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   Advice on process from scientist to IP
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   Author  Topic: Advice on process from scientist to IP  (Read 988 times)
watoosi
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Advice on process from scientist to IP
« on: Jun 23rd, 2005, 4:36pm »
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I am interested in working in the IP field either as Patent Agent or Scientific Specialist.  I have a B.S. in Biology and a M.S. in Physiology.  I have been working 10 years in Molecular and Microbiology and Biochemistry.  What are the steps one should take to gain access into this field?
Do companies hire people as trainees with experience in science but no experience in the patent field?
Should I try to take to Patent Bar Exam first?
 
 
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Wiscagent
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Re: Advice on process from scientist to IP
« Reply #1 on: Jun 24th, 2005, 8:32am »
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  “What are the steps one should take to gain access into this field?”  
 
Since you have no background in the patent field, I’d suggest that you read several general books and perhaps take a course on intellectual property and patents before studying for the patent bar.  I’d also suggest speaking to several patent agents or attorneys to learn more about the type of work they do.  (The USPTO website provides a directory of patent practitioners which you can search by city or zip code, among other fields.) When you have a better understanding of patents, then you can make a better decision on whether or not to change careers.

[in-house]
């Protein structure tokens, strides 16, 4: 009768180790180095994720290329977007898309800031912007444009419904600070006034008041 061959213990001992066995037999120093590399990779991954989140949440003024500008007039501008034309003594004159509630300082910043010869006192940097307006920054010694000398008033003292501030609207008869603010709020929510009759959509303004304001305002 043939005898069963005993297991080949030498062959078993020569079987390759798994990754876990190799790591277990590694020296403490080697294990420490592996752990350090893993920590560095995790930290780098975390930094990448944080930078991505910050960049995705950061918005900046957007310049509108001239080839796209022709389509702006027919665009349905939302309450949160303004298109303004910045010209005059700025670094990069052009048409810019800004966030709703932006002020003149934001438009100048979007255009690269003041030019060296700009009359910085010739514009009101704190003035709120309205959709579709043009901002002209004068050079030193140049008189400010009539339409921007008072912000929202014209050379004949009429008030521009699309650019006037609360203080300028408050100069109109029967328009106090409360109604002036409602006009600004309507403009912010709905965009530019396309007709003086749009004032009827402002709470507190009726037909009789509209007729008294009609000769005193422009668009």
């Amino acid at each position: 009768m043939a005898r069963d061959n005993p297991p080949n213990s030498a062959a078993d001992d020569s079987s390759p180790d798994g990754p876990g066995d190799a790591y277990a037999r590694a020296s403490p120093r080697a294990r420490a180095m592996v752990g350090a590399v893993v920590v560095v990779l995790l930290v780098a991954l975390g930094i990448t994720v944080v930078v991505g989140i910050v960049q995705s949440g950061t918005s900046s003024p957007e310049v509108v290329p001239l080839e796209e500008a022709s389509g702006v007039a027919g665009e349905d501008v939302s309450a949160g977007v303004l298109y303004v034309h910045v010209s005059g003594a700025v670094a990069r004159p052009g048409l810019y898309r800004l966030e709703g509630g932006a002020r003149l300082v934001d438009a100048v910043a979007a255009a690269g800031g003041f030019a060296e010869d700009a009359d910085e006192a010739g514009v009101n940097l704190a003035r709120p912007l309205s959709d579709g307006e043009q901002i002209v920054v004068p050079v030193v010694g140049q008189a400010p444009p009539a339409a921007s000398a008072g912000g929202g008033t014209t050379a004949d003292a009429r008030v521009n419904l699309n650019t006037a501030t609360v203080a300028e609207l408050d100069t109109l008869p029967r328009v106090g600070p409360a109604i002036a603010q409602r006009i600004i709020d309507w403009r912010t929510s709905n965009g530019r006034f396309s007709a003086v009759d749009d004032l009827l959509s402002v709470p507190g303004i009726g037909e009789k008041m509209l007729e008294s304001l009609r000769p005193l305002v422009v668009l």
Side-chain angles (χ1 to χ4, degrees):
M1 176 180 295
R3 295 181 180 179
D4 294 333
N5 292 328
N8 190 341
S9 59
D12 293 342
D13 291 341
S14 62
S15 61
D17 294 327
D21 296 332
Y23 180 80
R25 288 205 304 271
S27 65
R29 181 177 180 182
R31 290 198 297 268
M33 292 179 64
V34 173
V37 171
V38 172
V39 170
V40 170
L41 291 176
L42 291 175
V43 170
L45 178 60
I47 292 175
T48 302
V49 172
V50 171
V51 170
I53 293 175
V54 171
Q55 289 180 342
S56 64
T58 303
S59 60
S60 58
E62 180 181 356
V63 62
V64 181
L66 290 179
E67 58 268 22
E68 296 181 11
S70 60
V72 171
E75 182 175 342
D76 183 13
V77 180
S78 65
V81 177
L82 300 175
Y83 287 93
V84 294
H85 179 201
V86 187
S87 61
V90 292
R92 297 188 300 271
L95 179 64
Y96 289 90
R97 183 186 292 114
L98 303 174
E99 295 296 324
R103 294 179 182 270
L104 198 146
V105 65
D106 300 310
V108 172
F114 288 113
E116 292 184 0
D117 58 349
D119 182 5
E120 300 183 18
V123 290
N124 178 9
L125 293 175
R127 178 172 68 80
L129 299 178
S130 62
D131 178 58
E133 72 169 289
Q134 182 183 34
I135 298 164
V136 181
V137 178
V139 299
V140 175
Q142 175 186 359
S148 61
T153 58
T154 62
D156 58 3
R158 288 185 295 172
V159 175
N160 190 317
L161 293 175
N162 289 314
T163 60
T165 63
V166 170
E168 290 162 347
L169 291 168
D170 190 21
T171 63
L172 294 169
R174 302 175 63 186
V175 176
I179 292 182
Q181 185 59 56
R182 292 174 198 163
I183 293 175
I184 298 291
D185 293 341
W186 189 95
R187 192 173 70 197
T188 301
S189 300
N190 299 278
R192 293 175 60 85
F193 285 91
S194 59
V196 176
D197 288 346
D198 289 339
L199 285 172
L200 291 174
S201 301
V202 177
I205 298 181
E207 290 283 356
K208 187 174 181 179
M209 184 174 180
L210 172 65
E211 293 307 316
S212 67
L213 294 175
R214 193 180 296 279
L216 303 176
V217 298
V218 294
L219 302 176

“Should I try to take to Patent Bar Exam first?”
 
Based on many of the postings in this forum, it appears that some people with no more background in patents than you have, just jump right in and start studying for the patent bar.  I don’t think that’s a good idea.  If you first do some more general learning, you’ll be better able to understand the overall picture and put things into context when you study for the exam.
 
The patent bar exam is based on the Manual of Patent Examining Procedure (MPEP).  The MPEP is NOT designed as a text book, and for someone unfamiliar with patents, it is not a good place to start.
 
     “Do companies hire people as trainees with experience in science but no experience in the patent field?”
 
There are some positions for technical experts in law firms.  I believe they are few and far between.  If you have any contacts, at work, through family or friends, perhaps in a professional organization, you might be able to get your foot in the door.  Have you authored and published technical articles?  That might help demonstrate your writing ability.
 
Good luck,
 
Richard Tanzer
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Richard Tanzer